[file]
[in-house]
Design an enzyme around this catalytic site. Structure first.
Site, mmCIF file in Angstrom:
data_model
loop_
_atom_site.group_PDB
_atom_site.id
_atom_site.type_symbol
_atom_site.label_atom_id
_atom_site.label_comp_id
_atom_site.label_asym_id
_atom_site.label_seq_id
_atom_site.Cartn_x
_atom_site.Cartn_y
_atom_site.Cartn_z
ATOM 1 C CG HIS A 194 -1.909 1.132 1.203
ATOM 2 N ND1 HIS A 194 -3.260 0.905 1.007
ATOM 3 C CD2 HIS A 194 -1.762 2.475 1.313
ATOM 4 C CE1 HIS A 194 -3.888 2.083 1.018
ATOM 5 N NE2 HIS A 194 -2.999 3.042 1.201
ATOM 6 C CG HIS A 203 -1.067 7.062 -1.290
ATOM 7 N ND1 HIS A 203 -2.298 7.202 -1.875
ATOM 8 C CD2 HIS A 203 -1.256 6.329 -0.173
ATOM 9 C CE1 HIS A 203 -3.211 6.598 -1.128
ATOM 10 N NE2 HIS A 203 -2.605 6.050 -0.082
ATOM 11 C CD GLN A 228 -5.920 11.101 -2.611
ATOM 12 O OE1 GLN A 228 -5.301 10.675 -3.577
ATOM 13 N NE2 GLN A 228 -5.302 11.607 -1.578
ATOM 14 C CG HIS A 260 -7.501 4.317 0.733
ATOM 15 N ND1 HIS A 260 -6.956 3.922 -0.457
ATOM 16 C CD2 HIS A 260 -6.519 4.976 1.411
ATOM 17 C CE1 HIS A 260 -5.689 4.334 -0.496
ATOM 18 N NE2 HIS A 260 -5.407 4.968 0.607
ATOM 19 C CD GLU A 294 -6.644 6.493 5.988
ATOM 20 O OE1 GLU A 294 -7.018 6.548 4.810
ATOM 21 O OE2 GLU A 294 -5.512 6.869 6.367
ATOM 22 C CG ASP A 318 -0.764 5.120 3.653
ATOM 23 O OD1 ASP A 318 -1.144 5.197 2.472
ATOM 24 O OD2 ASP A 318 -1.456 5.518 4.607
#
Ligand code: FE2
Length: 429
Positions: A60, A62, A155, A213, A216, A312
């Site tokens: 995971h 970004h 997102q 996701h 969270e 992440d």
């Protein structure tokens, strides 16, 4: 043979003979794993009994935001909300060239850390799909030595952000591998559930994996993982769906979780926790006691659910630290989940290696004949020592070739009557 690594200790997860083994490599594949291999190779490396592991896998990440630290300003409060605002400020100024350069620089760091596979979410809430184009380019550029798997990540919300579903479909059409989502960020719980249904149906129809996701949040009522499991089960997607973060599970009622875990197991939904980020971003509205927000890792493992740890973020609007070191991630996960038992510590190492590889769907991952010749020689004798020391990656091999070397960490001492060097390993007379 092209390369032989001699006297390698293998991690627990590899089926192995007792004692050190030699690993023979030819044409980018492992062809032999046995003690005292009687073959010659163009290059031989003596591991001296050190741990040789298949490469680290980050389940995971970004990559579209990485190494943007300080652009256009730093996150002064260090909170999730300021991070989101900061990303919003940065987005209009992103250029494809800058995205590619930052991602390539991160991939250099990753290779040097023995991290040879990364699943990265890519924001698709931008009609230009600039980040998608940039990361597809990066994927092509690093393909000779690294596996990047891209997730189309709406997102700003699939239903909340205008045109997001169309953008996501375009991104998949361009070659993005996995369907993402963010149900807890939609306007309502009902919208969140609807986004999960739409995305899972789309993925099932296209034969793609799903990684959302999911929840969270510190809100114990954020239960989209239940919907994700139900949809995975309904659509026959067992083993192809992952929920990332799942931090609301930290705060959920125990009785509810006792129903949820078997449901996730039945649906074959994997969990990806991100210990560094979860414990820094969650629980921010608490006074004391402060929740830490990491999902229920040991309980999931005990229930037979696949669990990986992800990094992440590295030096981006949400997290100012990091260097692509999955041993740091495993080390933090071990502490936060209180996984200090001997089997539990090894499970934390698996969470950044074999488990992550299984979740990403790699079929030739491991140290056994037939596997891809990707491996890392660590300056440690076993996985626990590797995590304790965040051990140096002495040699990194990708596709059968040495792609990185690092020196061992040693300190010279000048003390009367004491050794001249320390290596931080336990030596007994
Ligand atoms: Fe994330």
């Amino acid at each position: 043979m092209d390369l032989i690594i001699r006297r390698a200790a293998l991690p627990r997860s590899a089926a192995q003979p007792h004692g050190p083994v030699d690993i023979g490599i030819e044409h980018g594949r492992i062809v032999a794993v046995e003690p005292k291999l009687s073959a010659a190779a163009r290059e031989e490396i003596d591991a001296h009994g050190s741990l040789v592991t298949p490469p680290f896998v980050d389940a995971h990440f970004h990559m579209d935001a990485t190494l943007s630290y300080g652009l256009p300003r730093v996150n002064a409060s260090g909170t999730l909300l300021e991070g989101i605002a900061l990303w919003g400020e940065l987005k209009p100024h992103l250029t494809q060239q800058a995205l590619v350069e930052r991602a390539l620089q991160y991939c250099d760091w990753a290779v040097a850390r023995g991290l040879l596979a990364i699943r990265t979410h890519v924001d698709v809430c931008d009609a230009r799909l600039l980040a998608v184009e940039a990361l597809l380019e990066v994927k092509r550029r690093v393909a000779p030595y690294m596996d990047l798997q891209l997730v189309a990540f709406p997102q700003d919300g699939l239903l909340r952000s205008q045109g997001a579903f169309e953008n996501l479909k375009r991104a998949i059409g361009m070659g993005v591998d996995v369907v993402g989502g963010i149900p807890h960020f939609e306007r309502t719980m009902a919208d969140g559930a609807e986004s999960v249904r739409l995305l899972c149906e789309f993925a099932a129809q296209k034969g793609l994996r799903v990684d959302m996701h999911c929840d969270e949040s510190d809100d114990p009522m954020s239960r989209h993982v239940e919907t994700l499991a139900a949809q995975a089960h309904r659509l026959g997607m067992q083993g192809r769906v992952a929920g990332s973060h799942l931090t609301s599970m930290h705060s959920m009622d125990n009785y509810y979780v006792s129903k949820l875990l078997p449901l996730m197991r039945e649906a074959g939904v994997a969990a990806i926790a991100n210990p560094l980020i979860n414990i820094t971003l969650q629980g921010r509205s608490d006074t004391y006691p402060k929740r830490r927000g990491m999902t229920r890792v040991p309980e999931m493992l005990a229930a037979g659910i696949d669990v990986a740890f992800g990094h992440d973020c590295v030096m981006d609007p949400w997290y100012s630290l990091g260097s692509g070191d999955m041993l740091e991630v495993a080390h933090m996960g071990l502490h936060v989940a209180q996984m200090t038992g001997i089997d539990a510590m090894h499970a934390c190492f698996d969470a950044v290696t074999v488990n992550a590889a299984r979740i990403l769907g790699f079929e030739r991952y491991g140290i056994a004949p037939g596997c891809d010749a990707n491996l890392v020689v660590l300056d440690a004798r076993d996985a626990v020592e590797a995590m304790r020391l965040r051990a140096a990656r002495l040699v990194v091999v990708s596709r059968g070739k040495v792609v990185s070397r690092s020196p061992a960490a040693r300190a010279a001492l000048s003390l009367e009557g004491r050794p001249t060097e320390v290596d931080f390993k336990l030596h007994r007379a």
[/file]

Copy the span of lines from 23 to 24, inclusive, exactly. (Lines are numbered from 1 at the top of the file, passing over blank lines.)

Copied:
ATOM 8 C CD2 HIS A 203 -1.256 6.329 -0.173
ATOM 9 C CE1 HIS A 203 -3.211 6.598 -1.128